# Practicality of a ship-sized twisted-rubber engine

I was considering this answer I wrote: https://worldbuilding.stackexchange.com/a/21374/75

It got me to wondering... if we had a flying sailing ship with a twisted-rubber energy storage device that was set so that as the ship was sailing through the skies, it had a set of small keels that used the ship's motion and a set of reduction gears to apply torsion to a bundle of rubber cables the length of the ship. Then, once the rubber cables were wound tight, the keels on the impeller could be rotated so that they would become a propeller, and the energy stored in the rubber driving the ship ahead in the absence of any wind, or against the wind.

Keels are a substance that has a differential resistance to movement because of its directionally-dependent permeability to the Ether - the 'medium' which fills the universe through which everything moves. Most things pass through the Ether with no resistance, but keel materials are almost completely impermeable to the Ether in any direction save one, much like a short, wide, straight length of pipe in water. Try to move the pipe sideways through the water, and resistance is high, proportional to the length and width of the pipe, while if you try to move the pipe so that the water flows through the lumen of the pipe, resistance is low, proportional to the thickness of the pipe's walls and its diameter.

Consider a keel to be like an aerofoil… but capable of sustaining vastly higher loading, dependent not on its lifting area, but its volume.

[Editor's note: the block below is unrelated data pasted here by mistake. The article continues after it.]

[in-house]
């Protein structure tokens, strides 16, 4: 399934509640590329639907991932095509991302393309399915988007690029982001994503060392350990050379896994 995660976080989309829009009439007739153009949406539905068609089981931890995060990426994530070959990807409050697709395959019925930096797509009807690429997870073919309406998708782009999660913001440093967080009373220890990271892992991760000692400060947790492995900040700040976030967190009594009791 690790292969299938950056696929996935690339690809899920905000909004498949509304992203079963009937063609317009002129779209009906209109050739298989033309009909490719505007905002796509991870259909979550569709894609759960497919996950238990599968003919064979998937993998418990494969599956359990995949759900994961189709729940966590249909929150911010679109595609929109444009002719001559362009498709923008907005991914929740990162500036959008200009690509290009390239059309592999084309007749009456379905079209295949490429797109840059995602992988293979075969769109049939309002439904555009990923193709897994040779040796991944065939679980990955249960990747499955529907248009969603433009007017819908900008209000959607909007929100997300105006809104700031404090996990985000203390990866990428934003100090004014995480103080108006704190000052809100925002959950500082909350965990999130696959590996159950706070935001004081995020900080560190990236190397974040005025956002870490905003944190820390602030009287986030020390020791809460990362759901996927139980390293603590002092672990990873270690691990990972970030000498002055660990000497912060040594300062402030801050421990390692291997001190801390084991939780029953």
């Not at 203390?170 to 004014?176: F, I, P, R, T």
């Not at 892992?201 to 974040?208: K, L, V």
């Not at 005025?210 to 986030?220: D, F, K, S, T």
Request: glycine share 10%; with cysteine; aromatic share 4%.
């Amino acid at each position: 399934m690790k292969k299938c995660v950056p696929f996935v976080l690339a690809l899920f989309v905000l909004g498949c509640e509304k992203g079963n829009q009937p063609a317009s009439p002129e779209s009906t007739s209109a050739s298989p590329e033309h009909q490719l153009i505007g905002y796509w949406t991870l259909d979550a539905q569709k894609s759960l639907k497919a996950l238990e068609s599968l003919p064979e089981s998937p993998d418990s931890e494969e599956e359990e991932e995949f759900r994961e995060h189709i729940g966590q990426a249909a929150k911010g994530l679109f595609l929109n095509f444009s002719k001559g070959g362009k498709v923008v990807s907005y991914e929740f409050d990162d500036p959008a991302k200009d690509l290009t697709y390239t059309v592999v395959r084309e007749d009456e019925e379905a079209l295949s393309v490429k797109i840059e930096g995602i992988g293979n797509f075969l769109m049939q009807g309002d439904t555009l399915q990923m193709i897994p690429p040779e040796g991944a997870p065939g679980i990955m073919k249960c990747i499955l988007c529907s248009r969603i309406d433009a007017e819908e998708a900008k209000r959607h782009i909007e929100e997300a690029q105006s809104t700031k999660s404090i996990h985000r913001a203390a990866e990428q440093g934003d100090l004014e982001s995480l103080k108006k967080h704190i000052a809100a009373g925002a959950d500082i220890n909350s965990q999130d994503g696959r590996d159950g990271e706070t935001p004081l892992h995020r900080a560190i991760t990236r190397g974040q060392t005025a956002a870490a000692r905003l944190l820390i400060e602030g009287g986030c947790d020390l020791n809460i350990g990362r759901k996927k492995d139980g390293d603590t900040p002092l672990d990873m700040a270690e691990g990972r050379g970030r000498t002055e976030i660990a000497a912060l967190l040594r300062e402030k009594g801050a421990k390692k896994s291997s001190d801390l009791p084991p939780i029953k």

So, the keel-disk that would both wind the rubber and propel the ship is effectively a very much more efficient and compact mechanism equivalent to a variable-pitch propeller. By setting the pitch of the keels to a shallow angle relative to the direction of travel, the disk could wind the rubber without applying much drag. Then, when the rubber was sufficiently wound, a brake could be applied and the keels feathered to minimise drag. When thrust was required, the keels could be set to a steep angle relative to the direction of travel and the brake disengaged. The rubber would then spin the keel rotor, which would push against the Ether, propelling the ship. By attaching a governor to the pitch control, the speed of the keel rotor can be self-regulated by increasing the pitch as the speed of rotation increases. With keel pitch angles less than 45° to the direction of travel, the rotational speed can be reduced while applying less forward thrust - the ether acts as a brake on the keel plate.

I know about rubber-band propelled toy aircraft, so I was wondering just how much energy could be stored in a quantity of rubber, how quickly that energy could be released (and by extension, what propulsive force it might develop), the tensile and torsional forces involved, and whether timber beams would be sufficient to withstand them, how long such an engine might propel a ship, and how long the rubber could be expected to remain twisted before it began to deteriorate.